10 everyday things turning 50 years old in 2018
It was a year of turmoil and change. It was 1968, one of the most explosive years of the 20th century. It was a year marked by a number of major historical events — political assassinations, the tumultuous Democratic National Convention in Chicago, the ongoing debate over the Vietnam War. There was a revolution in pop culture, too, with the rise of hard rock and protest music, not to mention mind-bending science-fiction films like 2001: A Space Odyssey and Planet of the Apes.
There was also a lot of inventive stuff making its debut on the marketplace. The computer age was getting underway. Fashion and furniture were getting funkier. Science was making modern living more convenient.
Let's take a look at some of the big, everyday things turning 50 in 2018. You might be surprised by them.
Learn more about this groundbreaking year by tuning in to Decades Presents: 1968 on the first day of each month in 2018.
Bean Bag Chairs
They sure were comfortable — until you wanted to get up. At that point, you needed a buddy to lend a hand and lift you out of your divot. The bean bag chair, like a lot of mod midcentury furniture, traces its roots back to Italy. The first of its kind was Sacco, "the shapeless chair," designed by Piero Gatti, Cesare Paolini and Franco Teodoro.
It is one of the iconic trends heavily associated with the 1970s, but the genesis lava lamp dates back to 1963, when a British accountant came up with the idea, which he dubbed the "Astro lamp." Two guys in Chicago bought the American rights and founded the Lava Manufacturing Corporation. A U.S. patent was issued in 1968 for the common form of the product, which could be found in catalogs, dens and dorm rooms for years to come.
Matchbox cars had a significant head start, having debuted in 1953. In 1968, Mattel launched its similar Hot Wheels toys down the ramp. There were some differences. Matchbox cars were realistic miniatures of everyday road vehicles, for the most part, while Hot Wheels were more fanciful, tricked-out roadsters. Today, naturally, Mattel owns both brands.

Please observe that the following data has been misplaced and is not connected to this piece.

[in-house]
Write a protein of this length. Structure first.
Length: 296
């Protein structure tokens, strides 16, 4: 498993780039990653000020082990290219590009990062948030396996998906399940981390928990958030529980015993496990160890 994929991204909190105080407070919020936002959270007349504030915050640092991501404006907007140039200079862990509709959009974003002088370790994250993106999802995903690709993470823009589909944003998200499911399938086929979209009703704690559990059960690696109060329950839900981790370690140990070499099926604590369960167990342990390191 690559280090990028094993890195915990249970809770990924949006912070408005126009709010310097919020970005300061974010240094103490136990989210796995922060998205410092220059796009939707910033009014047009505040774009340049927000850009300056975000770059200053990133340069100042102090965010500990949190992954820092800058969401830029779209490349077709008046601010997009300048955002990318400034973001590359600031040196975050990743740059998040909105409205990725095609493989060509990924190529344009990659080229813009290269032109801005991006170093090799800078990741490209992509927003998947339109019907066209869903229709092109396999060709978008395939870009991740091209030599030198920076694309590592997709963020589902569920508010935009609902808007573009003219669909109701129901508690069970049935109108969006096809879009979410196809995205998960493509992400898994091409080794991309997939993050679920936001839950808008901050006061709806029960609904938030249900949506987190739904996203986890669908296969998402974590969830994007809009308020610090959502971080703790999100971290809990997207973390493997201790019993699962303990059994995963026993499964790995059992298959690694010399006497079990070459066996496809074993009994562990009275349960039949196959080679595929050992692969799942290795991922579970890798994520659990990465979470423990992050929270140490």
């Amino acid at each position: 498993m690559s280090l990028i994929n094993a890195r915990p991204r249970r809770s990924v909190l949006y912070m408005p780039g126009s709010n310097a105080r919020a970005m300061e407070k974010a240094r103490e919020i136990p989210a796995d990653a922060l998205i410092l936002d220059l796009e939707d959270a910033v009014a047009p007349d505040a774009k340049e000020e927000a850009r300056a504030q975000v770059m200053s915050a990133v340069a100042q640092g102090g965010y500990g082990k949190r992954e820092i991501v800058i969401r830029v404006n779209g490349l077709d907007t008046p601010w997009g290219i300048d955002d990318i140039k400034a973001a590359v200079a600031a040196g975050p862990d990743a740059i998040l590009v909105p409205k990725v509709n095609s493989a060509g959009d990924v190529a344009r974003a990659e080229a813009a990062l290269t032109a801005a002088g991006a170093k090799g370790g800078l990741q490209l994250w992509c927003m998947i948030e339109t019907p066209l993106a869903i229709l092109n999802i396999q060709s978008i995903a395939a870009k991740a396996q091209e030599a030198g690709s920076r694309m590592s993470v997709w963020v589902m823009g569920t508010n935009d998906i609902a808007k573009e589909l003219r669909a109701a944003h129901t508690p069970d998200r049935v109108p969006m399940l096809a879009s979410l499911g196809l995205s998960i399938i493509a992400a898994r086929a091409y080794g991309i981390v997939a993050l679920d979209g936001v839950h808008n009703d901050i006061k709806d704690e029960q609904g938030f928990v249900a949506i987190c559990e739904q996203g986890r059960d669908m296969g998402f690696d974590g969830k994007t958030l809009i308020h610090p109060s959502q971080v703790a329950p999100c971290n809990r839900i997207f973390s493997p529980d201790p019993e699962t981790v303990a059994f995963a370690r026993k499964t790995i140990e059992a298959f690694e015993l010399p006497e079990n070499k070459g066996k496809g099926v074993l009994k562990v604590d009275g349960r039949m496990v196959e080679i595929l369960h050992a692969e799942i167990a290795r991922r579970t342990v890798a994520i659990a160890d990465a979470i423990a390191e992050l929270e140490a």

How did we ever keep our bologna sandwiches so fresh before 1968? The Dow Chemical Company launched its Ziploc brand plastic bags. The idea of a re-sealable bag had been around, notably in Japan, where the Seisan Nippon Sha company had perfected a Minigrip plastic zipper bag.
In 1968, fashion designer Calvin Klein, about 25 years old at the time, scraped together $10,000 to open a coat shop in the York Hotel in New York City. He called his shop Calvin Klein Limited. A year later, his clothes had made the cover of Vogue. Today, CK is a fashion empire, in large part thanks to a teenage Brooke Shields asking in advertisements, "You want to know what comes between me and my Calvins? Nothing." In 1968, Halston opened his first fashion boutique, too, making it a banner year in clothing.
Image: Calvin Klein / LiveAbout
The Archie Comics characters date back to the early days of World War II, but in 1968 the Riverdale reached a new level of fame with the launch of The Archie Show, a cartoon on CBS. Out of the show spun a bubblegum pop phenomenon, as the fiction band the Archies became a legitimate chart sensation. The animated group released its first album in 1968, and the first single, "Bang-Shang-A-Lang," climbed to No. 22 in the Billboard charts.
Image: Calendar Records / Discogs
Yes, the computer chip giant dates back to 1968 — July 18, in fact — when the Intel Corporation was founded.
The Phillip Morris company exploited the women's liberation movement by launching this thinner cigarette in 1968. The original slogan declared, "You've come a long way, baby." It was the last cigarette ever advertised in American television, as a commercial aired during The Tonight Show on New Year's Day in 1971, just before a ban on tobacco advertising went into effect.
Image: Vintage Ads
If you saw the new Star Wars movie this month in glorious IMAX, thank the Canadians. A Toronto company developed the large-picture format in 1968. The first movie that the IMAX Corporation produced using this new tech was called Tiger Child, which was screened at Expo '70 in Osaka, Japan.
Adidas Telstar soccer ball
When you think of a soccer ball, you picture the image here — 32 panels stitched together, 12 black pentagons and 20 white hexagons. If you watched soccer (or football, overseas) before 1968, you most likely saw something far more leathery and lumpy. Adidas popularized the modern soccer ball with its Telstar design in 1968, first used in the 1968 European Football Championship. After it became the official ball of the 1970 World Cup in Mexico, the design took hold in the sport.